Uneven pacing and a handful of poor design decisions can't bring down Cradle's unique, sci-fi mystery.
Smart, subtle and sinister, Cradle is a wonderful work of science fiction that doesn't quite fit inside the space Flying Cafe have designed for it.
I enjoyed my time with Cradle, but I dare say many will not. Its detailed, although imprecise storytelling gives many of its suitors reasons to dislike it, to not understand it, and at worst give up on it. Regardless, I believe there is something quite special at work here. The developers have built a fascinating world filled with possibilities, and for that they should be applauded. However, there is no getting away from the fact they could have done a better job presenting players its unique offerings. Simply put, sometimes it can be a little bit too vague for its own good.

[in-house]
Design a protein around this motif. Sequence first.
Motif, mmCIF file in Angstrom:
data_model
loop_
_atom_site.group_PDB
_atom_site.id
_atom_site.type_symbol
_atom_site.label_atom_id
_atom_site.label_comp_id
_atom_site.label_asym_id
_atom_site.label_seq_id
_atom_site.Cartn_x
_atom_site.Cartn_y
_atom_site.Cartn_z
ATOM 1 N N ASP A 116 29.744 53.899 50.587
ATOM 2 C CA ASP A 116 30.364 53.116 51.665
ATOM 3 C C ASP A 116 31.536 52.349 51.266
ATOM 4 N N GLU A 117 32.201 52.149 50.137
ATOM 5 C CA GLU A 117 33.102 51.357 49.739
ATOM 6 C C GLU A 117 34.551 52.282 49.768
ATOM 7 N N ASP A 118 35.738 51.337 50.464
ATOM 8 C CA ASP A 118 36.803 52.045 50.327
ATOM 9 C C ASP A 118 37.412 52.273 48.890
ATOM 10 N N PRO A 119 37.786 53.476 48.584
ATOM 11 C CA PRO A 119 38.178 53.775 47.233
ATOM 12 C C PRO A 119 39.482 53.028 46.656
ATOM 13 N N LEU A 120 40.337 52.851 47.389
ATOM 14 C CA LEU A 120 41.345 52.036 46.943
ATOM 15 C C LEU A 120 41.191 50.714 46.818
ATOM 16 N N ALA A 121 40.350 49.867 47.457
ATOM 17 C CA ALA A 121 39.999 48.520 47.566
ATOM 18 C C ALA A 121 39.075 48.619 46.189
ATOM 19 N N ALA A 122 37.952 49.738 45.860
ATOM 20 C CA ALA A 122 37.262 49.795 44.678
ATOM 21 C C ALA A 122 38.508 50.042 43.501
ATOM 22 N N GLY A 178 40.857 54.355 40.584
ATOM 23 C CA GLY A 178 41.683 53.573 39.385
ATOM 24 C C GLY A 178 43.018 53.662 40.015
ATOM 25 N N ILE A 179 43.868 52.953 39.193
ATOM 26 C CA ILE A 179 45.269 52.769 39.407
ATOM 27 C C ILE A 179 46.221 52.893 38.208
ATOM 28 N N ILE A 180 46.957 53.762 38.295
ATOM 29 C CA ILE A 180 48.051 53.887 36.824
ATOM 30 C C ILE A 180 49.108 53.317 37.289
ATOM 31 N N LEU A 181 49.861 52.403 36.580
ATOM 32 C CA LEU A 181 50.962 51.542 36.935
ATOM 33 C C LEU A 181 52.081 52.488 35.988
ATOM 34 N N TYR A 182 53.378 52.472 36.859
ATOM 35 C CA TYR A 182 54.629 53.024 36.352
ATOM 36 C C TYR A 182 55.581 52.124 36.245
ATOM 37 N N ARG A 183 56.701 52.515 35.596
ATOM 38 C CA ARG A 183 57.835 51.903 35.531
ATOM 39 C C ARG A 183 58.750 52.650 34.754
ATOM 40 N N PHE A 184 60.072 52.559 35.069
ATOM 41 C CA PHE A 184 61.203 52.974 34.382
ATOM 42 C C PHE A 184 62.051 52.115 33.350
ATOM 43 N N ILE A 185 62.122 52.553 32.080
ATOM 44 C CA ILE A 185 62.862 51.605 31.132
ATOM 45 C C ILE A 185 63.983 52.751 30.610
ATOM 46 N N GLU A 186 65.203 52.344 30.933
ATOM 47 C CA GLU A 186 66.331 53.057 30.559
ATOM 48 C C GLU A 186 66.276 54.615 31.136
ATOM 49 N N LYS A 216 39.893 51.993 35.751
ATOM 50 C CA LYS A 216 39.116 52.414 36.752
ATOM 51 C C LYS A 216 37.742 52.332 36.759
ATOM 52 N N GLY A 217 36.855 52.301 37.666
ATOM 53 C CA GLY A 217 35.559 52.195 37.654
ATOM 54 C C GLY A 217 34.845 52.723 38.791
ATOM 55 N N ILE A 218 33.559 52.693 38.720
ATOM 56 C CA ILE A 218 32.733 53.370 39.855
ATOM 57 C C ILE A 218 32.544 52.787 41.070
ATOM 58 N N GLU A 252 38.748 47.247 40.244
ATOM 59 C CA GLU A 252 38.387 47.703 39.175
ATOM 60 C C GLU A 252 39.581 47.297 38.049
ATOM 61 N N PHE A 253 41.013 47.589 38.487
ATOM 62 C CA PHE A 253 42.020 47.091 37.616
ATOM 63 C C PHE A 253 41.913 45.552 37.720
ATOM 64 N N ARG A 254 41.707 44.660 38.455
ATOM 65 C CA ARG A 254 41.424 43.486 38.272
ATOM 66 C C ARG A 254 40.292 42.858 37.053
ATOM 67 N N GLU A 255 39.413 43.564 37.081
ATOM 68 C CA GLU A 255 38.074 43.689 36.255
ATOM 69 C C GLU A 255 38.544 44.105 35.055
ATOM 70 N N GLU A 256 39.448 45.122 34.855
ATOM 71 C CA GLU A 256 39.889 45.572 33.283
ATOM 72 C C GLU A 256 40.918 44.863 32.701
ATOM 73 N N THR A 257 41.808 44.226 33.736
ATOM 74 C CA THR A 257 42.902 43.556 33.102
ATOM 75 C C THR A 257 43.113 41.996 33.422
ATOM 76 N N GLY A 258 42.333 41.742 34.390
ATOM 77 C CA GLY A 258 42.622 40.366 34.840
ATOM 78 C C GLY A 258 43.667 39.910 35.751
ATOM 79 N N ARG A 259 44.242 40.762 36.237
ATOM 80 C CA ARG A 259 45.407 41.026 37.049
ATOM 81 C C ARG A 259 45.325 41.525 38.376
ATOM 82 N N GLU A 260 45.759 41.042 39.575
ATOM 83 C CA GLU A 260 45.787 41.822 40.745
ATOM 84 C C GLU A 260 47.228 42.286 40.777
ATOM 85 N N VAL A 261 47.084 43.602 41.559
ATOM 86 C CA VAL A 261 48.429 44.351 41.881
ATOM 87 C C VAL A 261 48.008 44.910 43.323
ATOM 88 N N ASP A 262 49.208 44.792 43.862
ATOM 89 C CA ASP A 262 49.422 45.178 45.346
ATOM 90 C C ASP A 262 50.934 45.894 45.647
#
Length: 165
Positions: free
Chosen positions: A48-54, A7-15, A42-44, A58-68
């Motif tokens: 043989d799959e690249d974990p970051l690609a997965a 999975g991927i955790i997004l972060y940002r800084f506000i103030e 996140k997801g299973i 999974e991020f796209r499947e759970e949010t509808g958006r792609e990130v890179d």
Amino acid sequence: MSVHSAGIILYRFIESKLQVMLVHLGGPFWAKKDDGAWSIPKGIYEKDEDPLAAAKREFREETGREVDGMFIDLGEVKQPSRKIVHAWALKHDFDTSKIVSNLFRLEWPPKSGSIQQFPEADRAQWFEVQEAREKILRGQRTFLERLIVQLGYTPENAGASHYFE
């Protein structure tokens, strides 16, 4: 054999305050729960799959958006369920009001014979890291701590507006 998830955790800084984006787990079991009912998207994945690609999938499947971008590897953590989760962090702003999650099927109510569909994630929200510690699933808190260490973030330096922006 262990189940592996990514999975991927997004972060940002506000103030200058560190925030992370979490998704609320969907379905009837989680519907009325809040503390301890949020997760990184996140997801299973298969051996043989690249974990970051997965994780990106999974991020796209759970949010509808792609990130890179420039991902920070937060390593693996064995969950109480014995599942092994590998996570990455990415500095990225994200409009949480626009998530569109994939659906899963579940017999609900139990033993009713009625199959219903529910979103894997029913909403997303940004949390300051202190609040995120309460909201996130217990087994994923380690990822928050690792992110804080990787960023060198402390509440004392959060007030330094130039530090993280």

Cradle begins with amnesia and in its very form enacts recollection. It doesn't actually matter who you are. You're here to remember the fundamentals: you can see, you can learn, you can walk, you can breathe. It's too bad that half the game—the half that tries so hard to be a game—makes you wish you could double jump with some rocket implants.